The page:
Instead, go through the following steps to kill that garbage.

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    Dangers Of Pool Algae

    But really, whats all the fuss? Surely there are all kinds of algae in pools, rivers, lakes, ponds, and so on? And dont people swim in them safely all the time? Well, yes, but

    The difference with pool algae is that it exists in a closed, concentrated system. Natural bodies of water typically have natural and constant drainage, circulation, and filtration this dilutes the organisms present in these significantly larger bodies of water.

    Aside from the slimy, unsightly nature of algae, it can pose significant safety risks to anyone taking a dip in a contaminated pool, presumably to practice their waterbending.

    Regularly Brush The Pool

    Getting rid of algae in your pool

    You should keep a healthy cleaning routine for your pool which involves regular brushing of all the parts of the pool. The brushing should be in line with the type of material the pool is made of. If made of tough materials like concrete, you can use a hard brush since it can withstand that. Softer materials will require the use of a softer brush to avoid damage.

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    How To Get Rid Of Algae In A Swimming Pool

    Algae is a pest that is commonly found in swimming pools all over the world. Even a pool that is correctly sanitized can still get an algae bloom when the conditions are right. But if your pool has algae how do you get rid of algae in a swimming pool?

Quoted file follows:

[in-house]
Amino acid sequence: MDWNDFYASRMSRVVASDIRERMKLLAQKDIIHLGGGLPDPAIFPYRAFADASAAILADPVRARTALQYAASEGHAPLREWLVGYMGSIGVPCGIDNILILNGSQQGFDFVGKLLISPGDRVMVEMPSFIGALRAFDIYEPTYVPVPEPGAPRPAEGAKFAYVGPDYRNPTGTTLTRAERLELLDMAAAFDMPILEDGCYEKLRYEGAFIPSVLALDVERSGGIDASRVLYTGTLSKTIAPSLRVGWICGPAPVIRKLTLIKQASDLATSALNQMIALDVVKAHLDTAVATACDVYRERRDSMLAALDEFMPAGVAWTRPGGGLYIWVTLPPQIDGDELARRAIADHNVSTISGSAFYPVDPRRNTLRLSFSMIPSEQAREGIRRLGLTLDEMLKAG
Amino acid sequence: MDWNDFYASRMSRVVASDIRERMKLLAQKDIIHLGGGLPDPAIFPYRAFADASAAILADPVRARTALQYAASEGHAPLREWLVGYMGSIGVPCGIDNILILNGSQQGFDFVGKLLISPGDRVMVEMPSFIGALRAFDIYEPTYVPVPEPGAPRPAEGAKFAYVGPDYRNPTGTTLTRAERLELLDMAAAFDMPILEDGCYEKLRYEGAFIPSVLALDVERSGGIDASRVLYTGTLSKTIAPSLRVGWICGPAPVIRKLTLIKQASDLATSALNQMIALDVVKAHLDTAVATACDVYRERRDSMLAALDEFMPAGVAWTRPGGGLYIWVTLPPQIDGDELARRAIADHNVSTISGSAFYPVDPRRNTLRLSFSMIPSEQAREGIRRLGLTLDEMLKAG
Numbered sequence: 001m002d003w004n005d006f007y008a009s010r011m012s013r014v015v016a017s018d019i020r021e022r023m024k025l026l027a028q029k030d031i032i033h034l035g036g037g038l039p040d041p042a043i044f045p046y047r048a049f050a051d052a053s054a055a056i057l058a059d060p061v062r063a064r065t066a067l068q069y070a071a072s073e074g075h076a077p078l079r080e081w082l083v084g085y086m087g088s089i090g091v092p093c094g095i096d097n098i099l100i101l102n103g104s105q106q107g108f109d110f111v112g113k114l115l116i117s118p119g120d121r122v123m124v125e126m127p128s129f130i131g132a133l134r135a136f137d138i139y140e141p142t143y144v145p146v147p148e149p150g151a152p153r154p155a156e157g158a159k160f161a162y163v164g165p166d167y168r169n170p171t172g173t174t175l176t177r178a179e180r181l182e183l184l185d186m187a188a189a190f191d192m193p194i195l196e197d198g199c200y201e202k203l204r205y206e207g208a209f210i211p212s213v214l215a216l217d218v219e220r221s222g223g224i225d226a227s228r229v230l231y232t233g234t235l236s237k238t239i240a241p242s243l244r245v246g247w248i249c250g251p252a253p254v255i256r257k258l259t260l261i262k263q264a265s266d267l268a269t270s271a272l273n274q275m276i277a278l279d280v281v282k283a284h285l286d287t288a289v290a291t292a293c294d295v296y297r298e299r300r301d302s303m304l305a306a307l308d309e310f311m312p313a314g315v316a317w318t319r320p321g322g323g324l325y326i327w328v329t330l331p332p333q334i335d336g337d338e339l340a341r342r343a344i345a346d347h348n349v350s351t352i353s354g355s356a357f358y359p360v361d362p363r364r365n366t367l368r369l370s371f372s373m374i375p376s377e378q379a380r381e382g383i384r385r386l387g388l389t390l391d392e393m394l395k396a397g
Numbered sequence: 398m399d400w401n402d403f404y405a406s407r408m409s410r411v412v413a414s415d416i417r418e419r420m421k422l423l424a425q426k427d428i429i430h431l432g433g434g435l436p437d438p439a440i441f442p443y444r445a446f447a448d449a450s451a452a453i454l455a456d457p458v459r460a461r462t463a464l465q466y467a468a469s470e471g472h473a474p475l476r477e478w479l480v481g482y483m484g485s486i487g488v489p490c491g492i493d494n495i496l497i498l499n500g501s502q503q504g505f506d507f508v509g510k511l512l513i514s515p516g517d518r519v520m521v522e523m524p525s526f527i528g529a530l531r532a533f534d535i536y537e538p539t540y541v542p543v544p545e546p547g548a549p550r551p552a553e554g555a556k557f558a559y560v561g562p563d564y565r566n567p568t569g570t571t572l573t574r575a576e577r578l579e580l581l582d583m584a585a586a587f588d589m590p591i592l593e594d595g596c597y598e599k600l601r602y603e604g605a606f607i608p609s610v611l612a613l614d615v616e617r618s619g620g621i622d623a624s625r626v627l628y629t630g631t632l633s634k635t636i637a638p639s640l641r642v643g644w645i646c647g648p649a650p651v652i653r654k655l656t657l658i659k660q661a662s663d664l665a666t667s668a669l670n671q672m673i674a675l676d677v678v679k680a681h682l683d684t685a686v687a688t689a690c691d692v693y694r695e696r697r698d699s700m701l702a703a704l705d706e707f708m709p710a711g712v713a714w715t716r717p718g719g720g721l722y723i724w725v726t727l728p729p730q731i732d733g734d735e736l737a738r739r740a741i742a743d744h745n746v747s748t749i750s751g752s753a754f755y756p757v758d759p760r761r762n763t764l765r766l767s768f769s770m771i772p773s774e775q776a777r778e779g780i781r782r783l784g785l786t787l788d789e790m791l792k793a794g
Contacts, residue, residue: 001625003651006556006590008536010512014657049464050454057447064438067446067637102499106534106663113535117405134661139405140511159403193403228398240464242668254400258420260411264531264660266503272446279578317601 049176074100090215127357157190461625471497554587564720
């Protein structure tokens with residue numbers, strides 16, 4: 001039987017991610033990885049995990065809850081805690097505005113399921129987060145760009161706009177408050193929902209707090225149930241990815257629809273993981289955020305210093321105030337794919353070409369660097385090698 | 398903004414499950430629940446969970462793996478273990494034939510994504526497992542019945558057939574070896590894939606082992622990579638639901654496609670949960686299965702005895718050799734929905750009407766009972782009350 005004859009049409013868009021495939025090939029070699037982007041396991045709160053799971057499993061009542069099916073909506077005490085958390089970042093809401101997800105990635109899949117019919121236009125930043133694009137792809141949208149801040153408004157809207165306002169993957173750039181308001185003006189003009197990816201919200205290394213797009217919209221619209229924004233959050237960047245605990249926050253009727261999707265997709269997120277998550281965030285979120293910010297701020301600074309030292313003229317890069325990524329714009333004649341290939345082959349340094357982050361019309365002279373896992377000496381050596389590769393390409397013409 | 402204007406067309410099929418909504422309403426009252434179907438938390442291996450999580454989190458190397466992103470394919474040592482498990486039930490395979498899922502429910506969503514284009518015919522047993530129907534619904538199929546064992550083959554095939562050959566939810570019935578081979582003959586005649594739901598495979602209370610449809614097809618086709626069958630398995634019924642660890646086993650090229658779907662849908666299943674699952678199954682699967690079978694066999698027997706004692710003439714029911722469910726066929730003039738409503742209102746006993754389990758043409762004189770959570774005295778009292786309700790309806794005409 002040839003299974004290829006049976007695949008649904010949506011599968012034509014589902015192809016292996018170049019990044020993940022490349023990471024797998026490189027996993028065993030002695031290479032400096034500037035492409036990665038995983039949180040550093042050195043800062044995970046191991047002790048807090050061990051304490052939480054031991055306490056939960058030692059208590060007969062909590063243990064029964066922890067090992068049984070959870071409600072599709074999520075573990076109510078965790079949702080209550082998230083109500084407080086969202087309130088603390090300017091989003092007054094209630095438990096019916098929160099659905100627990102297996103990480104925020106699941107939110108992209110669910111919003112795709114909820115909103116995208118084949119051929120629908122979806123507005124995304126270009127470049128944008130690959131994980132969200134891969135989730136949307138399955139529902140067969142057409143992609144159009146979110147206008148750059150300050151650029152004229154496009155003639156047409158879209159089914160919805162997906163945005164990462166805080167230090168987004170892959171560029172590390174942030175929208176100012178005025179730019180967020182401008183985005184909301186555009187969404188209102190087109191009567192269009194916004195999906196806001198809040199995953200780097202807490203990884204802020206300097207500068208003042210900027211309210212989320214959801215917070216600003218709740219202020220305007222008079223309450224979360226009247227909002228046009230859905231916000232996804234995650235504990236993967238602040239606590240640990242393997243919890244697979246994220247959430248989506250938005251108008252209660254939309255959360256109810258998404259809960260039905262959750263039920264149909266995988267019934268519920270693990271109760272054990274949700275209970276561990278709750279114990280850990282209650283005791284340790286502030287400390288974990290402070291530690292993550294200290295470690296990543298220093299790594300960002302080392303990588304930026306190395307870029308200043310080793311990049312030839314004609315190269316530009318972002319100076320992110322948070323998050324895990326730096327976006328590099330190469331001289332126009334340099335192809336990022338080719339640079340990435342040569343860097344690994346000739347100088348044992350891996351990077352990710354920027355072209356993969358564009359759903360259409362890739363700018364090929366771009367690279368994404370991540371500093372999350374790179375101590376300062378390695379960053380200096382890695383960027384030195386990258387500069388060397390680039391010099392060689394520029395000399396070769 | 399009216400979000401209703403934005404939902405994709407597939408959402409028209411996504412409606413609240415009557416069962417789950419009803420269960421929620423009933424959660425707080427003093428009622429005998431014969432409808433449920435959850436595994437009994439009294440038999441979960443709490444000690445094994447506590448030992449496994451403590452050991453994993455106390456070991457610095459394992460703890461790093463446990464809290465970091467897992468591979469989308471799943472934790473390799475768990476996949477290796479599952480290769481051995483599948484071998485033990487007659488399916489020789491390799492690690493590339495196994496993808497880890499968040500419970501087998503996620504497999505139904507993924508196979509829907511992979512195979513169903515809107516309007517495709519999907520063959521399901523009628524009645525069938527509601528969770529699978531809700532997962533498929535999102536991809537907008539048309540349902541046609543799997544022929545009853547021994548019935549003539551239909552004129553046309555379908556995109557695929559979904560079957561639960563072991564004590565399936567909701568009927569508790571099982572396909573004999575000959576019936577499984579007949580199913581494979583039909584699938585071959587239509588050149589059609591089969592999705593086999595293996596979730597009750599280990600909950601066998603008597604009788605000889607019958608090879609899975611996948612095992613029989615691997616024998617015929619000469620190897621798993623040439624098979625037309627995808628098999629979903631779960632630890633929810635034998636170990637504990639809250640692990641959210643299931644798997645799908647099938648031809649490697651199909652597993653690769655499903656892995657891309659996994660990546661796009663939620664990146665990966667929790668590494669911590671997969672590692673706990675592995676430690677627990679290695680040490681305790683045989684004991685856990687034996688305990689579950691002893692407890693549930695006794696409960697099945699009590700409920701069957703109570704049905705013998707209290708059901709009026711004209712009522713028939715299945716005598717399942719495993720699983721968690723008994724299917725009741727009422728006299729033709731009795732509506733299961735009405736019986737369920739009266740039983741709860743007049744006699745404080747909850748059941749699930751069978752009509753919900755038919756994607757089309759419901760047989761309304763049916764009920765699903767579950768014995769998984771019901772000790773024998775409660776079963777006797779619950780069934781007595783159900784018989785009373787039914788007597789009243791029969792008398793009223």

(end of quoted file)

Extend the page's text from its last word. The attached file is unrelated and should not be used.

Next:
Once you have algae in your pool it can be difficult to get rid of it. Sometimes the only way is to empty the pool, clean and refill.

    As with most things in life, the prevention is better than the cure.

    Follow a proper pool maintenance routine to test, chemically balance and sanitize the pool water to prevent algae growing in your pool. However, you need to take a few extra precautions to ensure algae doesnt take over the pool.

    You need to add algaecide at the beginning of summer to kill algae spores when they enter the pool water. This is like putting on sunscreen before going outside into the hot summer sun. Its not a 100% guarantee that you wont get algae but its another useful preventative measure.

    You also need to shock the pool every week in the summer or after a period of high usage to kill excess bacteria, contaminants and algae.

    There Are Two Basic Groups Of Algae:

  • Free-floating types including green and mustard varieties. These tend to be found throughout the water. Mustard algae tends to cling loosely to the walls of the pool and brushes off easily. It tends to have a yellowish color. Green algae will be visible throughout the water itself and will turn the water different shades of green depending on the infestation.
  • Black algae is the common name or term given to the dark blue-green algae found growing on pool surfaces. Black algae grows in localized areas such as along one wall, in the deep end, in a corner or around obstacles such as steps indicates an area of poor circulation and poor sanitization.
  • The growth of both types of algae can be easily prevented by using a quality algaecide as part of a regular maintenance program, and by proper circulation. It takes far less algaecide to prevent algae growth from getting started than it will to cure it once it has occurred.

    In spite of your best efforts, algae problems can occur and require some consideration for proper treatment. When an algaecide becomes necessary, read our guide to pool algaecide types to find your perfect product.

    Balancing act